Course | Dreams, Desires, Lives: Latin American Photography (online)

06:00pm, Wed 26 Jun 2024 - 08:00pm, Wed 31 Jul 2024

Inspired by the work of Graciela Iturbide, this six-week course dives into the history of modern and contemporary photography from Latin America with a focus on the work of female and non-binary practitioners

Black and white photograph of an old man looking up at birds in the sky.

Course | Dreams, Desires, Lives: Latin American Photography (online)


Inspired by the work of Graciela Iturbide, this six-week course dives into the history of modern and contemporary photography from Latin America with a focus on the work of female and non-binary practitioners

Taking place across six weeks, this course examines the diverse uses of the medium in the region and asks pertinent questions about its connections to global practices and concerns. Using Graciela Iturbide as a starting point, we will look concepts of authenticity, issues of cultural appropriation, and at the legacy of transnational avant-garde movements, thinking through, for instance, somewhat stereotypical associations with surrealism and (magical) realism.

Iturbide has gained significant recognition in Europe as one of the most prominent Mexican – and Latin American – photographers. And yet her work is often perceived through an aesthetic, or sometimes even exoticising, lens.

In contrast, this course prioritises contextual and historically informed interpretations of Iturbide’s work, positioning it alongside her contemporaries and other emerging voices in the field. This layered approach enables the exploration of her work’s deeply personal valences and poetics with more immediate concerns, creating a rich web of meaning rooted in its historical and geographic context.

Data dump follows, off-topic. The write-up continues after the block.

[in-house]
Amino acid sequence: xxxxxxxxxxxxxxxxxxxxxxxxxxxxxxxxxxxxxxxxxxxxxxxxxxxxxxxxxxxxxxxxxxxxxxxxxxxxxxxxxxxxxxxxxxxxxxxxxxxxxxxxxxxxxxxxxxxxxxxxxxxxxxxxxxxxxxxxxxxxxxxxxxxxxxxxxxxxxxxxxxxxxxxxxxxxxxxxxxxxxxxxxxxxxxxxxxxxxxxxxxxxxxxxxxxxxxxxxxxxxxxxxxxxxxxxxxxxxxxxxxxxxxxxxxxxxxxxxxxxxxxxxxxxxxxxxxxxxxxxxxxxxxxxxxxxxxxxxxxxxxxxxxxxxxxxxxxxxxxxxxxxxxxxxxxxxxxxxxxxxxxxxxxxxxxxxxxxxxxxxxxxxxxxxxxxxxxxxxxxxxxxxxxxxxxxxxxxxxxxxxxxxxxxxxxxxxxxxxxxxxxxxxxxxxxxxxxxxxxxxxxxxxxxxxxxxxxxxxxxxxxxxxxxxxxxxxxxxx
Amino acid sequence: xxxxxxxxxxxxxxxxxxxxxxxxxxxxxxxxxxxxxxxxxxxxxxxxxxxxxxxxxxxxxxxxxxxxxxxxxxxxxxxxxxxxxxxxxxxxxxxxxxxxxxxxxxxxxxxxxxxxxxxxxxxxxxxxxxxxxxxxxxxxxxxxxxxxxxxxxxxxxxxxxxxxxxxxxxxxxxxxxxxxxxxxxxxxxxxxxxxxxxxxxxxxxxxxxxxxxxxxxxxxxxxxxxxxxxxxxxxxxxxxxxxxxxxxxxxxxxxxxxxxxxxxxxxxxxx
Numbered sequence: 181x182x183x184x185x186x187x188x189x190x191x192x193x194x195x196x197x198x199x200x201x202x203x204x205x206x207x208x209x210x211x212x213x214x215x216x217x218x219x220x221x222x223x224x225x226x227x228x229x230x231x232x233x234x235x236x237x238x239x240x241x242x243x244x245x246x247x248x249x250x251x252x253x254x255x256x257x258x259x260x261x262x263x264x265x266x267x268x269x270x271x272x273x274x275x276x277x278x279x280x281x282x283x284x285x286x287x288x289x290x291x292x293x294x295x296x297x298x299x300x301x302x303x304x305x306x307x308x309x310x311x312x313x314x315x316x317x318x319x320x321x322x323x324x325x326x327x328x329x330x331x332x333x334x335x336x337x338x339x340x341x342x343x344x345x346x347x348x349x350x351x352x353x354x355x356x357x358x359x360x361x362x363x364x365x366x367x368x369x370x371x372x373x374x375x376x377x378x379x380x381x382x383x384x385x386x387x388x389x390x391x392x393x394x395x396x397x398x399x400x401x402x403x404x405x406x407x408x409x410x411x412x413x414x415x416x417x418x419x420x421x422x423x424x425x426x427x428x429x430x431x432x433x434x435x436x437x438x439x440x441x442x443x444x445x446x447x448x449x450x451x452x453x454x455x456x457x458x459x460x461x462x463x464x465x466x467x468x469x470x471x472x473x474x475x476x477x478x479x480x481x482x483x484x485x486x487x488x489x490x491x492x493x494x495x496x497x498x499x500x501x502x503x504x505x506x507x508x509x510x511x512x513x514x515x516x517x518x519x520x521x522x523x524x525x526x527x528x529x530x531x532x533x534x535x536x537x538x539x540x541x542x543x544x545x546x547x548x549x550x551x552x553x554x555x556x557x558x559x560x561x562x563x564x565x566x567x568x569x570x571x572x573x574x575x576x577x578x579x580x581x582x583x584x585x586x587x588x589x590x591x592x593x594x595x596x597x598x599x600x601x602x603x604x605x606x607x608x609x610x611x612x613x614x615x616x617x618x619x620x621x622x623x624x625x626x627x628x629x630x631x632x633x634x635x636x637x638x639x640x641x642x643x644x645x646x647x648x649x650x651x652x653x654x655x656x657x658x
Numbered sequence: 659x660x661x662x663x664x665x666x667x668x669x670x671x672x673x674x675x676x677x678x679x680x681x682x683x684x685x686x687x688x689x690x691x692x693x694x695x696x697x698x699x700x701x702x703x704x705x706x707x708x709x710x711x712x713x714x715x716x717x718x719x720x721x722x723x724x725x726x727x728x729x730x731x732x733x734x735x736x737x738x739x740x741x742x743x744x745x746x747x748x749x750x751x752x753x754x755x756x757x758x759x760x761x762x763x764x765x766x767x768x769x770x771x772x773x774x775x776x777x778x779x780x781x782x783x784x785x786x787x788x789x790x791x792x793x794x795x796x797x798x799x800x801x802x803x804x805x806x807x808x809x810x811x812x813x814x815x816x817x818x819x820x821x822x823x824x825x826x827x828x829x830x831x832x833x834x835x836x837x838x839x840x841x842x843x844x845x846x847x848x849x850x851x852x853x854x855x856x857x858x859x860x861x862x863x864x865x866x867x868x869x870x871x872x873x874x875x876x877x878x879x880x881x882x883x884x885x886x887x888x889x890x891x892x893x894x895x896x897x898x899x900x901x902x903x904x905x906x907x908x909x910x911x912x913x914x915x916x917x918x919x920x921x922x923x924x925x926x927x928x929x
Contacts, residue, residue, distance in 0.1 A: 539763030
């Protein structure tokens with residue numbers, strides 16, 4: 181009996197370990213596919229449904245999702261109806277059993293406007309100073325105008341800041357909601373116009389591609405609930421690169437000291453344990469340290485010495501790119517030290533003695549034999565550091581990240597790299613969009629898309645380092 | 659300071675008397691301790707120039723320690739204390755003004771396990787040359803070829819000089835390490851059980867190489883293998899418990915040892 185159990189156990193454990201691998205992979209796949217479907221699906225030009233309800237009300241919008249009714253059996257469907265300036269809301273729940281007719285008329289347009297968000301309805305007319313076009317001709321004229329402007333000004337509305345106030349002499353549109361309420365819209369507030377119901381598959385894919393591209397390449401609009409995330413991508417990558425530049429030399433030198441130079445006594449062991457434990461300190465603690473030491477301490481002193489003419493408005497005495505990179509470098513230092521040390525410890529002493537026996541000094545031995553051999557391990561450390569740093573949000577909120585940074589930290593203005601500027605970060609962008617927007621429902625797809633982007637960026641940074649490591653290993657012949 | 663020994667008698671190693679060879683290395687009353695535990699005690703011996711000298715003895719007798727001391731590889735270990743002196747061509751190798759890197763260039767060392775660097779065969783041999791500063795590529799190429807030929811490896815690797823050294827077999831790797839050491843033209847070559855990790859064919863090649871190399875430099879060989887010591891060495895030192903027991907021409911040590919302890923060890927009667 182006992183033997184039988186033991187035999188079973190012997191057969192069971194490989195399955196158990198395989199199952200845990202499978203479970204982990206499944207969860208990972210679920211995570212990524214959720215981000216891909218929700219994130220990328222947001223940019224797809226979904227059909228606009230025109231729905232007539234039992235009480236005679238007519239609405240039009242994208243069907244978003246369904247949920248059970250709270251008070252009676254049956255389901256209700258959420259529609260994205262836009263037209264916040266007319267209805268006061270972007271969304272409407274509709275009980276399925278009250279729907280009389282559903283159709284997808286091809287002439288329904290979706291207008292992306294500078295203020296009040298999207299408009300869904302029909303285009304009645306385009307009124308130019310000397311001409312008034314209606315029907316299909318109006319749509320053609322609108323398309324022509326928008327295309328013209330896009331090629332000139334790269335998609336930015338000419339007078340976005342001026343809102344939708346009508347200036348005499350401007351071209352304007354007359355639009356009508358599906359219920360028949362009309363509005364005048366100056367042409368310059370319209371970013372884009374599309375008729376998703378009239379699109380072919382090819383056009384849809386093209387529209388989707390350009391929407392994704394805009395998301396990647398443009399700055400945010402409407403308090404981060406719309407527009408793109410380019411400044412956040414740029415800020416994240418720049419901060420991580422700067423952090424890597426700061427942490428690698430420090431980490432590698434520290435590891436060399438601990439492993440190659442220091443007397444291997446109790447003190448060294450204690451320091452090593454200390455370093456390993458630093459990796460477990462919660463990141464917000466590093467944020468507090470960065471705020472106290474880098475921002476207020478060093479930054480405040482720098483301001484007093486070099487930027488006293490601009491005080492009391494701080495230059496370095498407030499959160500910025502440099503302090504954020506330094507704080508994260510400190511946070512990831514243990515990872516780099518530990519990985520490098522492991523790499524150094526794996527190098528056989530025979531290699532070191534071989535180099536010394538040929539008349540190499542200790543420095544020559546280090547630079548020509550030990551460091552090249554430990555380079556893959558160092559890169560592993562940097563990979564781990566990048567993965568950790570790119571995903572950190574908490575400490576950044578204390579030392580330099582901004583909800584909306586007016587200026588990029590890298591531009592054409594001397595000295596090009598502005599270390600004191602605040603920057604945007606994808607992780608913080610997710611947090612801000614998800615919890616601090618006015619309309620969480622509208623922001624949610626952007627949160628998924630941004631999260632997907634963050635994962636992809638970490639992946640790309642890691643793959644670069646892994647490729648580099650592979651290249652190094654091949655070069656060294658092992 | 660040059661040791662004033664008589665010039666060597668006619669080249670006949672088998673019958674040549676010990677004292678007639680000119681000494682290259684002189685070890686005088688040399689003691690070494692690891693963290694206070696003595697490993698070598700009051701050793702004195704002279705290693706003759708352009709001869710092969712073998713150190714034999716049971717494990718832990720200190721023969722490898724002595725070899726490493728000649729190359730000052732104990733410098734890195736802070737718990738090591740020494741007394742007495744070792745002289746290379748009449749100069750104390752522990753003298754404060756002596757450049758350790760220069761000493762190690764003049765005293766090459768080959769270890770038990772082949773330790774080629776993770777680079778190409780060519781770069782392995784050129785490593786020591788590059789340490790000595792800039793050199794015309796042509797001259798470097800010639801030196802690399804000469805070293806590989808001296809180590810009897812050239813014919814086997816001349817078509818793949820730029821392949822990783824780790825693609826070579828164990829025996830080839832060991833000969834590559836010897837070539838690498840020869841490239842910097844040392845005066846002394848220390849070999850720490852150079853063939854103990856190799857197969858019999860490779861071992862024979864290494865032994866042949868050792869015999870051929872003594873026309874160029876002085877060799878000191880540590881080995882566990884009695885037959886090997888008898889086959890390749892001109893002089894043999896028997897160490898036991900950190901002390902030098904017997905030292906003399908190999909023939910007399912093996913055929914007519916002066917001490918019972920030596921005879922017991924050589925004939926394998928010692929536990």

Following an introduction to Iturbide’s practice in the first week, each subsequent session will open with an exploration of a specific body of work or key theme that has been central to the artist’s career.

Led by curator and art historian Dr. Ileana L. Selejan.

Course format

Taking place weekly on Zoom, sessions include a blend of lectures, group discussions and presentations. Participants are provided with lecture slides and a list of resources for further study.

Who is this for? 

Open to all who are interested in photography and art. No prior knowledge necessary. 

Details on how to access the sessions will be confirmed upon registration. Please check your junk folders if you haven't received an email from TPG staff confirming your place.


Week 1: Between the Eye and the I, Photographic Singularities on Wed 26 Jun

In this first session we begin exploring the renowned Mexican photographer’s career, gaining an overview of her life and work. We will consider Iturbide’s oeuvre in relation to Latin American photography and broader, international developments.

Week 2: Modernist Ideals and Counterproposals on Wed 3 Jul

In our second session we look at the legacies and genealogies of photography in Mexico and Latin America, taking into consideration the impact of figures such as Manuel Álvarez Bravo. We will also touch on Mexico’s allure to artists, migrants and intellectuals like André Breton, Leon Trotsky and Tina Modotti, among others. This week’s discussion will address notions of “high art” in relation to vernacular photography, and key concerns around national identity, urbanisation and the influence of modernism.

Week 3: Indigenous, Black and Mestizo Identities on Wed 10 Jul

Starting with a discussion around Iturbide’s lifelong interest in working with Indigenous communities in Mexico, and touching upon her work with the Chicanx populations in East LA, this session considers questions of identity in relation to race, ethnicity and the nation in Mexico and Latin America more widely. Examples of 1960s to more recent photography addressing similar concerns will also be examined.